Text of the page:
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Seeing the wood for the trees



Seeing the Wood for the Trees is the title of the South East England Regional Forestry Framework Document.  This government England Forestry Strategy document A New Focus for Englands Woodlands, published in 1998, was the basis for each region to develop its own strategy to address the issues and objectives raised in the national strategy.  At regional level, the forestry strategy was developed to be in accord with the Integrated regional Strategy and the Regional Planning Guidance (RPG 9) of the time.  A consultation document on the Forestry Framework for the South East was produced in March 2004, the responses from which helped form the final version Seeing the Wood for the Trees published later in 2004.  The Framework is overseen by Steering Group of the South East Forestry and Woodlands Partnership which comprises members representing the following organisations (some of whose names have subsequently changed):

Natural England
Environment Agency
Confederation of Forest Industries (ConFor)
Forestry Commission
Regional Advisory Committee of the Forestry Commission (RAC). Subsequently changed to Forestry and Woodlands Advisory Committee(FWAC)
Woodland Trust

In 2007 a new government strategy, A Strategy for England’s Trees, Woods and Forests was published.  An national implemention plan for this strategy is currently being written after which the regional forestry frameworks will need to be reviewed to be in line with this.

Structure of the Framework
The regional framework was divided into 4 themes, each containing a number of related benefits (outputs) from woodland and the objectives to achieve those benefits.  Witihin each theme a priority topic was chosen that gained particular focus from the steering group.  Please download the regional framework document from the link below for full information.  Examples of the work being done to support each Theme can be seen on the page linked to the particular theme.

Theme 1: Better Places for People to Live

Priority Topic: Sustainable Communities

Theme 2: Enhanced Environment and Biodiversity 
Priority Topic: Ancient Woodland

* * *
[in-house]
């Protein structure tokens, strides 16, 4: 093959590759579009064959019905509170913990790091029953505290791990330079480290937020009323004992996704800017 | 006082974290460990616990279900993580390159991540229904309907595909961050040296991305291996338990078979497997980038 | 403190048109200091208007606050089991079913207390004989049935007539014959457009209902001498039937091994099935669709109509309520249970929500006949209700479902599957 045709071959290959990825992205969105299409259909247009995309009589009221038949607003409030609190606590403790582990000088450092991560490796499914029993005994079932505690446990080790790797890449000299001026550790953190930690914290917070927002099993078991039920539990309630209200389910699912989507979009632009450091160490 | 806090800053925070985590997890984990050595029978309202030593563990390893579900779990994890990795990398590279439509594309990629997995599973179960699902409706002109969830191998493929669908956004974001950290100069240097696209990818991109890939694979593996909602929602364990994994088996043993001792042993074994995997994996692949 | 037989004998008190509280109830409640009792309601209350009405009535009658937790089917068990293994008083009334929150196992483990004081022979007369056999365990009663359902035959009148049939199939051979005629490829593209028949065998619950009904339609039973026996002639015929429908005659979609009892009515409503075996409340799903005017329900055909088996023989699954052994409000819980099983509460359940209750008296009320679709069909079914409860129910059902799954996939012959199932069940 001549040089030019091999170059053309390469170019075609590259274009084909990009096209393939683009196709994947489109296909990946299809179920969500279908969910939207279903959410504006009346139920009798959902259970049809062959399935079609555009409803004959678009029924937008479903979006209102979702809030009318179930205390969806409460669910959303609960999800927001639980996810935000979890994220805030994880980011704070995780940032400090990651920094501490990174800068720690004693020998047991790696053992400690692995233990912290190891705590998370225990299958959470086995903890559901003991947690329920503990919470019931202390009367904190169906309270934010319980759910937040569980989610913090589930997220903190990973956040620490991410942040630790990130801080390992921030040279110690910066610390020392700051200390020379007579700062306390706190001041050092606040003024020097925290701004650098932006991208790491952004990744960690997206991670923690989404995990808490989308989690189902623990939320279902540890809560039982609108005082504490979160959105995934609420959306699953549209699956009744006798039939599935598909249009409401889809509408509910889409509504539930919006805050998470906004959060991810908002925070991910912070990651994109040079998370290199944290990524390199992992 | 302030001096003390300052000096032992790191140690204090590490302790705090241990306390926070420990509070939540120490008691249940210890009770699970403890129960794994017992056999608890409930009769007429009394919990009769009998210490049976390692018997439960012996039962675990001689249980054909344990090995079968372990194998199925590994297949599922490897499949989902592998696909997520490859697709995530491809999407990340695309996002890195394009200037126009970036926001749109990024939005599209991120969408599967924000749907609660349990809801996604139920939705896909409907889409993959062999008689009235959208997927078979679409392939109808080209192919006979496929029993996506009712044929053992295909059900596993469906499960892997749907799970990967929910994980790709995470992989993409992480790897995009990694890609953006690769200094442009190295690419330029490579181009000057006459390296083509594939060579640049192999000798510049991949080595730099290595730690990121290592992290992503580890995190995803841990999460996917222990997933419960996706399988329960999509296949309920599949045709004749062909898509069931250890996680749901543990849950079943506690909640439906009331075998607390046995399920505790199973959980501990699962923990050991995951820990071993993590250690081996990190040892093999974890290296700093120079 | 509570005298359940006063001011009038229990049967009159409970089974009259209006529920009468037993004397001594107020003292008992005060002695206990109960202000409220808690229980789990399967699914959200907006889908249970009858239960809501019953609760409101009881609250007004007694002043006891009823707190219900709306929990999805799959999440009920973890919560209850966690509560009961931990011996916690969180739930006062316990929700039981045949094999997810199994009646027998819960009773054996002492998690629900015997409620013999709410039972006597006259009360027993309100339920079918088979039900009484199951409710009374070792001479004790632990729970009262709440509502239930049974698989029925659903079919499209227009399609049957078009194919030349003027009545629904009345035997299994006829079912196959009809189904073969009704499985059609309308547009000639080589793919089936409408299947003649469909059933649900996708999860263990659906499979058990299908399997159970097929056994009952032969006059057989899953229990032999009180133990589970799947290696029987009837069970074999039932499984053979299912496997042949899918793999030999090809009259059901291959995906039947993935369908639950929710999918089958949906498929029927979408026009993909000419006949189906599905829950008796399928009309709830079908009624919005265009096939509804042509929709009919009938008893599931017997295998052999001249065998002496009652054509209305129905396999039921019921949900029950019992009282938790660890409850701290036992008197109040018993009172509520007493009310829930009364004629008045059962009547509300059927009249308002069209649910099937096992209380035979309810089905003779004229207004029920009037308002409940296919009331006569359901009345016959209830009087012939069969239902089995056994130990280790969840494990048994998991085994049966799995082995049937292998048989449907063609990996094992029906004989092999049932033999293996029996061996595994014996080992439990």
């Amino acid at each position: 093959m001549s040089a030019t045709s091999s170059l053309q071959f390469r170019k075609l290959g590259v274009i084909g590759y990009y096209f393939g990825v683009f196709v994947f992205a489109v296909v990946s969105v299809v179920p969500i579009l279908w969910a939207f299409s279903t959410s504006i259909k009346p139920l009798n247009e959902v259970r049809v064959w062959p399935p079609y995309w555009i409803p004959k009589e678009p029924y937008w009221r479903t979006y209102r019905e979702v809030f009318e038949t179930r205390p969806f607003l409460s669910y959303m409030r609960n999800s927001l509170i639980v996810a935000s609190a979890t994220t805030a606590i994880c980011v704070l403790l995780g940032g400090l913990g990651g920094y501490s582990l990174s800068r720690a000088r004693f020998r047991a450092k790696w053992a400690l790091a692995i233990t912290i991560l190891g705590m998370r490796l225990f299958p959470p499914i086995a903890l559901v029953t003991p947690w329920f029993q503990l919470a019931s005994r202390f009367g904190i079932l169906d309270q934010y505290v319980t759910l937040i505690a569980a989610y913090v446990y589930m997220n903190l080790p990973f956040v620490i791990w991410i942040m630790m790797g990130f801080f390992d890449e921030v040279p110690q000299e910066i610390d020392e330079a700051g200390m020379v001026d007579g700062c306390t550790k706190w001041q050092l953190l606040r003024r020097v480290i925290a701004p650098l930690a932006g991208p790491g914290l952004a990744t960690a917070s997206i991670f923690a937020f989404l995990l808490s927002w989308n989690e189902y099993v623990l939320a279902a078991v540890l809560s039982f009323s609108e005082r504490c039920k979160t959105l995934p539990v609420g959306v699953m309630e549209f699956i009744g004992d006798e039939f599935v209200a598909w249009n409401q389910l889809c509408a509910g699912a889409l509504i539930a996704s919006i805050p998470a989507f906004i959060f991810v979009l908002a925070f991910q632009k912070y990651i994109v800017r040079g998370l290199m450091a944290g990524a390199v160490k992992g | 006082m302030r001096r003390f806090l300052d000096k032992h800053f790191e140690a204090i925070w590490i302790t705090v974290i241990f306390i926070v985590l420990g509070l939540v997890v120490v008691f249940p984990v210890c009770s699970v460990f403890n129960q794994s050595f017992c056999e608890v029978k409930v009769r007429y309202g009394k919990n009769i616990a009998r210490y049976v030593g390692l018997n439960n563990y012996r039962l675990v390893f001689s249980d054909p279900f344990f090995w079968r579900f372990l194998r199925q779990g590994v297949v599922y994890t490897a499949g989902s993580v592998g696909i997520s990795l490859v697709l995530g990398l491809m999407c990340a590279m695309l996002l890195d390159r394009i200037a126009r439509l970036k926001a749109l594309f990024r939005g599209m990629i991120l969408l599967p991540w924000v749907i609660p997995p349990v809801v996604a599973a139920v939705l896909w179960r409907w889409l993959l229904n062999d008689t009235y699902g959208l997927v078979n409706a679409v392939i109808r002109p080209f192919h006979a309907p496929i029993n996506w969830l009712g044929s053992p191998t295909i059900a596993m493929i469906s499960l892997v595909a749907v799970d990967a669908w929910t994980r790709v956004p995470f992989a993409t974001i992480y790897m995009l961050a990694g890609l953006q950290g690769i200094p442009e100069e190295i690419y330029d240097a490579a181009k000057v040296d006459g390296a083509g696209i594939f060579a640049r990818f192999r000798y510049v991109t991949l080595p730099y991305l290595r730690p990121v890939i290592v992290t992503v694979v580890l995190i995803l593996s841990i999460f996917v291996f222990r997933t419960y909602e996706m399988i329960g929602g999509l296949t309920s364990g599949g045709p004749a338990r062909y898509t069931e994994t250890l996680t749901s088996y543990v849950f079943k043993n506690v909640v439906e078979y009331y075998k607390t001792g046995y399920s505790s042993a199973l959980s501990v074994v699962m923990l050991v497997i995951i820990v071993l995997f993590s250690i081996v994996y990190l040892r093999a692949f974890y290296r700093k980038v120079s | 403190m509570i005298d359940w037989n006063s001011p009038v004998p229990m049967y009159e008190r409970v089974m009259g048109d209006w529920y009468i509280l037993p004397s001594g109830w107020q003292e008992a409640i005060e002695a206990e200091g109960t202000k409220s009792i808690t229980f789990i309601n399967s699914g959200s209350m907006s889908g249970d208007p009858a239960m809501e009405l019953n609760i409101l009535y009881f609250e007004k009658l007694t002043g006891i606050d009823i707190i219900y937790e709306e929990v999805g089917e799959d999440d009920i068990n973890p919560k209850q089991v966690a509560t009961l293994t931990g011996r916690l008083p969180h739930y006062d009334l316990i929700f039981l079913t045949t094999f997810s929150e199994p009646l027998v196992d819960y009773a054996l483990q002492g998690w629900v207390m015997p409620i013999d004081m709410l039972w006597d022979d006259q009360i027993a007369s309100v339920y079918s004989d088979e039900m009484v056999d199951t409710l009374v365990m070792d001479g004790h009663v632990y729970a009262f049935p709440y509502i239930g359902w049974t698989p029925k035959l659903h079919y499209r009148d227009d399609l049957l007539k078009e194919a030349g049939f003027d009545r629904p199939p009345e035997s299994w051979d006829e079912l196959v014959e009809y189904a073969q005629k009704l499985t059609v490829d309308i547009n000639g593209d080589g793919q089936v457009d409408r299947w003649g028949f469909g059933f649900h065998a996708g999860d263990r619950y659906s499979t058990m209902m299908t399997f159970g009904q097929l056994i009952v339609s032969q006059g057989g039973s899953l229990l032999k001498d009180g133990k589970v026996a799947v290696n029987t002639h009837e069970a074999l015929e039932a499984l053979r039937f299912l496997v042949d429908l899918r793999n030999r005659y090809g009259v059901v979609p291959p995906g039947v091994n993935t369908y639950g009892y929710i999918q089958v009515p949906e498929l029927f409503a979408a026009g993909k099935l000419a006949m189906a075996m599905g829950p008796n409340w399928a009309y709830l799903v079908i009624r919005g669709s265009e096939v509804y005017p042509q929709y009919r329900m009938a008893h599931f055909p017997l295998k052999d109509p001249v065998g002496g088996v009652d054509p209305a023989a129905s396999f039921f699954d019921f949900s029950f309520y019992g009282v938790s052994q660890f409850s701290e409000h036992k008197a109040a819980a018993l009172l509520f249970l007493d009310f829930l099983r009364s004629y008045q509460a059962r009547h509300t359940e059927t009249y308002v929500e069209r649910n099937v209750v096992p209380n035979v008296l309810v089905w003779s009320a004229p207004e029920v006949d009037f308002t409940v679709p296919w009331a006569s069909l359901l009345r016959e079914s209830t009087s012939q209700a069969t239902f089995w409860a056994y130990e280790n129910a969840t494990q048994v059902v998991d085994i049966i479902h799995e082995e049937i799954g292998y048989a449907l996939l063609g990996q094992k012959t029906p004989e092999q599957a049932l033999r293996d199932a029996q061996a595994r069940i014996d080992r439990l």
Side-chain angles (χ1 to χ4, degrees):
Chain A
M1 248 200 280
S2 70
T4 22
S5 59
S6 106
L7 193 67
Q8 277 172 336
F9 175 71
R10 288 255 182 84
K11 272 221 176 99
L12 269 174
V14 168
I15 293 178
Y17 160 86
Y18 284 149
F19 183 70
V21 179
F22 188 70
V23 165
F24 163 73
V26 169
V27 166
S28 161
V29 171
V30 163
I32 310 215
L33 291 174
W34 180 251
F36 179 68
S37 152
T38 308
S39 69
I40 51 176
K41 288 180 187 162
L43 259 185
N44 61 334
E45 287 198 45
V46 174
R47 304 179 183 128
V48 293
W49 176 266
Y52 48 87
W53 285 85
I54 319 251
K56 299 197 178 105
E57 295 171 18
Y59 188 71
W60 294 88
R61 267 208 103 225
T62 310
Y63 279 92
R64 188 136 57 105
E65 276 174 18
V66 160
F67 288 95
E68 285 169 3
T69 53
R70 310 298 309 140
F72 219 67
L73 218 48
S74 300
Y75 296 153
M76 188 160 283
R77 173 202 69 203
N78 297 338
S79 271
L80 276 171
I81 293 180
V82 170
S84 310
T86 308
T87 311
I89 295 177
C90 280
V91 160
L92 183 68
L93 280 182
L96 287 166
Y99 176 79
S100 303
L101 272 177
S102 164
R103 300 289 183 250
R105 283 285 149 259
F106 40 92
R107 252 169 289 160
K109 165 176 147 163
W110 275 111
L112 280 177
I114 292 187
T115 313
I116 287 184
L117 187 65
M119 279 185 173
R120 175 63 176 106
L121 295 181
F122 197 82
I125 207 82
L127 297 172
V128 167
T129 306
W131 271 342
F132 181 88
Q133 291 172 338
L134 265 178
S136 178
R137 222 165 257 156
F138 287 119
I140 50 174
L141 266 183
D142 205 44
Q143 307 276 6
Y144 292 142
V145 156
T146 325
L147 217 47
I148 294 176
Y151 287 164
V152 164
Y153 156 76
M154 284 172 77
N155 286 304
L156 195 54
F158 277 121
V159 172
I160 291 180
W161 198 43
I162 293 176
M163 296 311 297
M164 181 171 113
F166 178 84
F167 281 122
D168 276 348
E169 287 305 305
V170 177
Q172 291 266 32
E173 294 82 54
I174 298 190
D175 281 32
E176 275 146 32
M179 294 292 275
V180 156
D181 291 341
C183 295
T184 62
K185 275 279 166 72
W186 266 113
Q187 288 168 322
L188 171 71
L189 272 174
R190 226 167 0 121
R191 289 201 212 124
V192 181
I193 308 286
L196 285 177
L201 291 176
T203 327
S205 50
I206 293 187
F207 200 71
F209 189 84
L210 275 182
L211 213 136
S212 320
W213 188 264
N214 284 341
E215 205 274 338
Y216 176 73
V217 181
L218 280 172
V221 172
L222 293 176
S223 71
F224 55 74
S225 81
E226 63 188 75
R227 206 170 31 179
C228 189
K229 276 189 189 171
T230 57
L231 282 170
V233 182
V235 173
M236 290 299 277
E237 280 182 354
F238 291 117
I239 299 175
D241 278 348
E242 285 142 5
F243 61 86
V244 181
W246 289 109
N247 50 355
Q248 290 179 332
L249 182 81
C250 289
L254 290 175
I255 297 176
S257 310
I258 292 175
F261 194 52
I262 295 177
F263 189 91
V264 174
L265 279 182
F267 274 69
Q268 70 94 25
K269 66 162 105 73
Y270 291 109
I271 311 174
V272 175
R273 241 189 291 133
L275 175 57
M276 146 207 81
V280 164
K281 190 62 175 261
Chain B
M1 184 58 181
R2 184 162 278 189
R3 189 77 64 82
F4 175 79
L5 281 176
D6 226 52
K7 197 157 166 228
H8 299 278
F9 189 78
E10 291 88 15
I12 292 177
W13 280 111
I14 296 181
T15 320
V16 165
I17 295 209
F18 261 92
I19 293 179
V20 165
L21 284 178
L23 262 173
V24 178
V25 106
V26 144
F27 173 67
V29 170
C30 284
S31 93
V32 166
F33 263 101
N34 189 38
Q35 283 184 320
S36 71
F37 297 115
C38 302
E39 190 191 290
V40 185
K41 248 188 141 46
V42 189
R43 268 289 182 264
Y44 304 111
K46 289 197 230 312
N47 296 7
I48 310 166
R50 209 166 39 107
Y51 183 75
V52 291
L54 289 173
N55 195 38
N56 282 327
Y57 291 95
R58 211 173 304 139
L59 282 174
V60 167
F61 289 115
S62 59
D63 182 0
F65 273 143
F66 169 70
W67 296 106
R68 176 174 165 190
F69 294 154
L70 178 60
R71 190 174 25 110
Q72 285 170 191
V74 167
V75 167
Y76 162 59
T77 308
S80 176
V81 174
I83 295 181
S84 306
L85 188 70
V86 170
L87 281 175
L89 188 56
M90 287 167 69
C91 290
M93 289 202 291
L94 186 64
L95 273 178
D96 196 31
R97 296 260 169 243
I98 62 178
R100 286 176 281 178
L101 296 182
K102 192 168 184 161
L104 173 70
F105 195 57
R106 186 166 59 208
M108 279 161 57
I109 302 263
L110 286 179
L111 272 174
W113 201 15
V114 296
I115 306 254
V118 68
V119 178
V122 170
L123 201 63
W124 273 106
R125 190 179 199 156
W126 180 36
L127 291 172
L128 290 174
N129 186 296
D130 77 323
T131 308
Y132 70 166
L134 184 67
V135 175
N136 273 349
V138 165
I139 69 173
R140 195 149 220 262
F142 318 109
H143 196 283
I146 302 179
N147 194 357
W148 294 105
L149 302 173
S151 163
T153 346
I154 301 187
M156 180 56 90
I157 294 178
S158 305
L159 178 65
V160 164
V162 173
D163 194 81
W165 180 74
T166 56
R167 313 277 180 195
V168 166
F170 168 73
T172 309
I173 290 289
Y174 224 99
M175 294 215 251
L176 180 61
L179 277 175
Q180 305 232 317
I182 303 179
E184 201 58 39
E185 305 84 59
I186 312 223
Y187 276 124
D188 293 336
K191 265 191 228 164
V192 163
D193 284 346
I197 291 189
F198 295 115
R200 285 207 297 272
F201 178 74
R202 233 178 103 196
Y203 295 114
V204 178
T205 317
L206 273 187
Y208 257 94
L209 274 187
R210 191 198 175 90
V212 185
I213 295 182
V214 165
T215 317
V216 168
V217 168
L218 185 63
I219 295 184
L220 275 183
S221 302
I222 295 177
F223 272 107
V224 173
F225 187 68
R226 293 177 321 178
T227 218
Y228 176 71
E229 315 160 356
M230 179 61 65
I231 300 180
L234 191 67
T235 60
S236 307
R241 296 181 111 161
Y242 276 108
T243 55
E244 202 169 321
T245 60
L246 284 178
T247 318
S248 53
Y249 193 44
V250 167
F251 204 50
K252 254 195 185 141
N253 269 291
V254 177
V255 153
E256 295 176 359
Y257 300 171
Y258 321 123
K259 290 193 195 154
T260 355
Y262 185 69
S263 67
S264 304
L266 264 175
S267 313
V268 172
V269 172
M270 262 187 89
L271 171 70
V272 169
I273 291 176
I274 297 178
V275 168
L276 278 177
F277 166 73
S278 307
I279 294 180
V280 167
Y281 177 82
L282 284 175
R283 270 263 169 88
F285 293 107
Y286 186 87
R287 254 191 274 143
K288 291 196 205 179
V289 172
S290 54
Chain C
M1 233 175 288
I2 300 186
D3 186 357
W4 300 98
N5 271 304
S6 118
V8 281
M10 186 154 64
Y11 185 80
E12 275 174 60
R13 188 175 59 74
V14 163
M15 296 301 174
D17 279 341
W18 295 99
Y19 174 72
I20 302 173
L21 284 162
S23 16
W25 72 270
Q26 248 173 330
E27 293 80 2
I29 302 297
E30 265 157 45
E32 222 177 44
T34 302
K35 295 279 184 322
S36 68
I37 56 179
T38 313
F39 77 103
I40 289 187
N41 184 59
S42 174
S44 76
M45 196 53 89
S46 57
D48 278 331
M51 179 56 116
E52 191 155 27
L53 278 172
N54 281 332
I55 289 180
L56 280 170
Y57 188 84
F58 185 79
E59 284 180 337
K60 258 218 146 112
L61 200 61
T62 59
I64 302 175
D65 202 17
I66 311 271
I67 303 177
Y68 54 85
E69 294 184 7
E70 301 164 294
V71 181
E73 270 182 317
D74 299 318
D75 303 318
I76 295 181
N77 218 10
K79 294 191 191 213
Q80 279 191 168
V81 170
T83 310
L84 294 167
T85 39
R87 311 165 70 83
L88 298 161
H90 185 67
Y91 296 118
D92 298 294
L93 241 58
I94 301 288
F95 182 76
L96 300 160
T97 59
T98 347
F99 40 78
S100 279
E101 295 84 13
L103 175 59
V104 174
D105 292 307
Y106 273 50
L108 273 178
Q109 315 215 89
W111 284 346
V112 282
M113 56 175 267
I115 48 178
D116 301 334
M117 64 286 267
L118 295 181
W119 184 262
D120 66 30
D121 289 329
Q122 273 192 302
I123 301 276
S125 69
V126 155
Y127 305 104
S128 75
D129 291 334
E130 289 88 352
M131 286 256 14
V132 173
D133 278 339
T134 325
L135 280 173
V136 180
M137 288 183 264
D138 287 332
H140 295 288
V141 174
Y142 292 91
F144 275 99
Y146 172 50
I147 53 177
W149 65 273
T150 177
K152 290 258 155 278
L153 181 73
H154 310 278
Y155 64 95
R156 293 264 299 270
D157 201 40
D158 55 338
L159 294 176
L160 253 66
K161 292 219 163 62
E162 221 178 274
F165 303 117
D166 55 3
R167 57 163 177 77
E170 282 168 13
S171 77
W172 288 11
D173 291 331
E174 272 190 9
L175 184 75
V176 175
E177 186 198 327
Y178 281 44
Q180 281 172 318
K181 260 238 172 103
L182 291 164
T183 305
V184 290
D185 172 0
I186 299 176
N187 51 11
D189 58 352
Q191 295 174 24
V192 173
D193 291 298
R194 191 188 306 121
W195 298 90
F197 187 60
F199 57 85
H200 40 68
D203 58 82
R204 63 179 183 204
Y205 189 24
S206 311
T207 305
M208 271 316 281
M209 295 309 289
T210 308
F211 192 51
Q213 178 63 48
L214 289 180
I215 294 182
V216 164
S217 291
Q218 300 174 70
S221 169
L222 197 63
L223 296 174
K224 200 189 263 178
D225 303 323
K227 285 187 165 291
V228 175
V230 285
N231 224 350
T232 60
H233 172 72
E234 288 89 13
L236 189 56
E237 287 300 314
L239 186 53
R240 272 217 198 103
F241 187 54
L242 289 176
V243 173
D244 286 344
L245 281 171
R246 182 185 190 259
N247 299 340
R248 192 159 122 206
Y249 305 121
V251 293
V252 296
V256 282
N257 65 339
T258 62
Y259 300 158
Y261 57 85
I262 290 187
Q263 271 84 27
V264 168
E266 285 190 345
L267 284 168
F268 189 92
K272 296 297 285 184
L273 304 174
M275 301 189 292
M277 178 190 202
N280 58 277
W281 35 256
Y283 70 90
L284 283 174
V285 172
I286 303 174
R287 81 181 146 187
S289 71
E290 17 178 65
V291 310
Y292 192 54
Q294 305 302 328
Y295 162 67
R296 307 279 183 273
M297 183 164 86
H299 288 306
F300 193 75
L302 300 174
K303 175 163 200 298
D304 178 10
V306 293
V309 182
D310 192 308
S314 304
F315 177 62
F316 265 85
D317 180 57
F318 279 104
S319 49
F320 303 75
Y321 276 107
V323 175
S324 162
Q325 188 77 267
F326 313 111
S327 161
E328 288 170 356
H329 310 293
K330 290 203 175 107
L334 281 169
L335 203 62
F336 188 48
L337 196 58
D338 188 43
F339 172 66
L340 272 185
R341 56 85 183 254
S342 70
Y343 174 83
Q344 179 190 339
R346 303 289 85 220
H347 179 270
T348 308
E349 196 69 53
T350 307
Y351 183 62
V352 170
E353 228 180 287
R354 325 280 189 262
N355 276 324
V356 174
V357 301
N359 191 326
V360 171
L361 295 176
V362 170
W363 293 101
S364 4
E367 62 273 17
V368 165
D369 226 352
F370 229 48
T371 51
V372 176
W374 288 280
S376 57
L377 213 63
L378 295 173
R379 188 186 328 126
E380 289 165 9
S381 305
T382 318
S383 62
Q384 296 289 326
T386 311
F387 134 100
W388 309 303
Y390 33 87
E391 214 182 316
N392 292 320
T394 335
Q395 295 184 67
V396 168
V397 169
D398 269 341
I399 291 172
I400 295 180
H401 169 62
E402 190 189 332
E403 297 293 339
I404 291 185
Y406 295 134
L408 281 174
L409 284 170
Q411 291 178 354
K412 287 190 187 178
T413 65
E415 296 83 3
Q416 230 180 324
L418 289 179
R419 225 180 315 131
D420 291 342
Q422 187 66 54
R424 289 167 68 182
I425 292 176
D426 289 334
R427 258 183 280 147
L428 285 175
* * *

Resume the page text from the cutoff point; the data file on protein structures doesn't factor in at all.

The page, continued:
Theme 3: A Stronger Contribution to the Economy 
Priority Topic: Renewable Energy

Running a forestry contracting business or selling woodland produce is time consuming and hard work, leaving little time to do anything other than the job itself.  See our Business Management page for suggestions and contacts, which may help you improve your business management skills and the marketing of your products.


Theme 4: A secure Future for our Woodland Resources 
Completed Priority Topic: Regional Spatial Planning

Priority Topic: Skills and Training
There are various issues associated with skills and training within the sector such as:

  • Ageing workforce – not enough young people coming into the industry
  • Cost of training – most workers are paid for jobs done (as opposed to being waged) and therefore attending training means forgoing income as well as having the various expenses involved in the training itself
  • Some small businesses are finding difficulty keeping up to date with paperwork associated with the increasing amount of legislation for the sector.
  • The Rural Development Program for England (RDPE) provides subsidised forestry related courses under training categories including ‘Business Management’, ‘Country Skills’, ‘Forestry and Woodland related Activities’, ‘Health & Safety’, ‘IT’, ‘Machinery Operation and Maintenance’, ‘Marketing & Sales’ and ‘Construction’.


Publications relating to the Regional Forestry Framework are downloadable from the publications page.

Download the Regional Forestry and Woodlands Framework (PDF: 3.68MB / 64 pages)

Framework Summary (PDF:2.8MB/ 4 pages) 

Guidance for Planners - Implementing the draft South East Woodland Policy NRM5

RFF - 2 years on! (pdf:311k/2 pages)

Last updated: 29th June 2018
A tree showing that the four key themes of the RFF are connected

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